46. 59. AP Axial Oblique Cervical Spine <ul><li>CR exit should be in center of IR </li></ul><ul><li>Image demonstrates side opposite CR </li></ul><ul><ul><li>C1-T1 or T2 bodies and disk spaces </li></ul></ul><ul><ul><li>Intervertebral foramina open </li></ul></ul><ul><ul><li>If backboard is present, unavoidable artifacts may be seen </li></ul></ul>
  47. 60. AP Axial Oblique Cervical Spine Patient and IR positioned for trauma AP axial oblique C-spine
  48. 61. AP Axial Oblique Cervical Spine Trauma AP axial oblique C-spine
  49. 62. Thoracic and Lumbar Spine <ul><li>X-table laterals performed first </li></ul><ul><li>Vertical grid and IR </li></ul><ul><ul><li>Top of IR 1.5  to 2  (3.8 to 5 cm) above shoulders for thoracic spine </li></ul></ul><ul><ul><li>Centered to level of iliac crests for lumbar spine </li></ul></ul><ul><li>Have patient cross arms on anterior chest </li></ul>
  50. 63. Thoracic and Lumbar Spine <ul><li>CR horizontal </li></ul><ul><ul><li>Centered to spine and IR </li></ul></ul><ul><li>Breathing technique improves visualization of thoracic vertebrae </li></ul><ul><li>Exposure made on suspended respiration for lumbar vertebrae </li></ul>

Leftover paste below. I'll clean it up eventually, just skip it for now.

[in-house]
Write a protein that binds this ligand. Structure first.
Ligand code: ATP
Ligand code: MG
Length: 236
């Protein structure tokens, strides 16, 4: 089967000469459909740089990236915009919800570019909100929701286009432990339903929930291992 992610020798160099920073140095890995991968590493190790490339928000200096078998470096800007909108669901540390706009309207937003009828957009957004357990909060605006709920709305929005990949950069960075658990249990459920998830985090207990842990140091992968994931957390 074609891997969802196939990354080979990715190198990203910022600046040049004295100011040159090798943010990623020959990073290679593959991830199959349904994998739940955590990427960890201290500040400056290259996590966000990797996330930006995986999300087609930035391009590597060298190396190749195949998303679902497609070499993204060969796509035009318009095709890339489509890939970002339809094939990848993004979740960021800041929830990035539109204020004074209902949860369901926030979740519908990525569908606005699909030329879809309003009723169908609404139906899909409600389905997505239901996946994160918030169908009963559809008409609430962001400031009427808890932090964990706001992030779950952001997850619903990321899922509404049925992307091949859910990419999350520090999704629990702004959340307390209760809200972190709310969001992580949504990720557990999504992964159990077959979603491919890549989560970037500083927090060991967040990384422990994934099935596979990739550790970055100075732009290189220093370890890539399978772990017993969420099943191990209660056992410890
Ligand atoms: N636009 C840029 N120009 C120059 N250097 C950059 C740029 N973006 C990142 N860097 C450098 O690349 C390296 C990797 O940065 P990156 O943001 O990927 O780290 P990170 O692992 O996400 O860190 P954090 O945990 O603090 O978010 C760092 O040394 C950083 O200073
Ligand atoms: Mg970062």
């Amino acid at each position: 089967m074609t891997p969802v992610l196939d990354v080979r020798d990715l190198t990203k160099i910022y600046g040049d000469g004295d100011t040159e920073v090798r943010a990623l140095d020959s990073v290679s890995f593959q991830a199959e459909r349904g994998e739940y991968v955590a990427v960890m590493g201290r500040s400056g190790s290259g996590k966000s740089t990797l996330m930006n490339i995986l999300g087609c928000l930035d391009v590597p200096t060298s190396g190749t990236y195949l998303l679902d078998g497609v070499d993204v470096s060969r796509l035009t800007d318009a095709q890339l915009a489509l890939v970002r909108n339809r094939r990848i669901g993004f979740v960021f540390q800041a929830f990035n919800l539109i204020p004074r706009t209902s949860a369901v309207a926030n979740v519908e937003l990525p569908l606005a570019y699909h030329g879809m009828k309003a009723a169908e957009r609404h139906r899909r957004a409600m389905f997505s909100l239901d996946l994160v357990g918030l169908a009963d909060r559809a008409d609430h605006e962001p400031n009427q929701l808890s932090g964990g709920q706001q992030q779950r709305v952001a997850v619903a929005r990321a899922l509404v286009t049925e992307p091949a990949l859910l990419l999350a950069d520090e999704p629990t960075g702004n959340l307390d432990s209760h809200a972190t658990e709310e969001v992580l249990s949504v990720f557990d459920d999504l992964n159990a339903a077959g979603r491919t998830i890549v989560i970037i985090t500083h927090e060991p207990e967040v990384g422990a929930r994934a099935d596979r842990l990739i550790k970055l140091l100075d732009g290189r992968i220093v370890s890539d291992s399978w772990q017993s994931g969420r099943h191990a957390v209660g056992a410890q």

51. 64. Thoracic and Lumbar Spine <ul><li>Thoracic image demonstrates T3 or T4 to L1 </li></ul><ul><li>Lumbar image demonstrates T12 to sacrum </li></ul><ul><li>Vertebral bodies and spinous processes in profile </li></ul>
  52. 65. Trauma Lateral Lumbar Spine CR and IR positioned for trauma lateral projection of lumbar spine using dorsal decubitus position
  53. 66. Trauma Lateral Lumbar Spine Lateral projection of thoracolumbar spine, dorsal decubitus position; note fracture and dislocation of L2 and spine board artifacts
  54. 67. Chest <ul><li>Supine position used if general survey image of chest desired </li></ul><ul><li>Check for need to demonstrate air-fluid levels </li></ul><ul><ul><li>If air-fluid levels are suspected, use X-table lateral </li></ul></ul><ul><ul><li>If patient’s condition permits, lateral decubitus position with patient lying on affected side will also show air-fluid levels </li></ul></ul>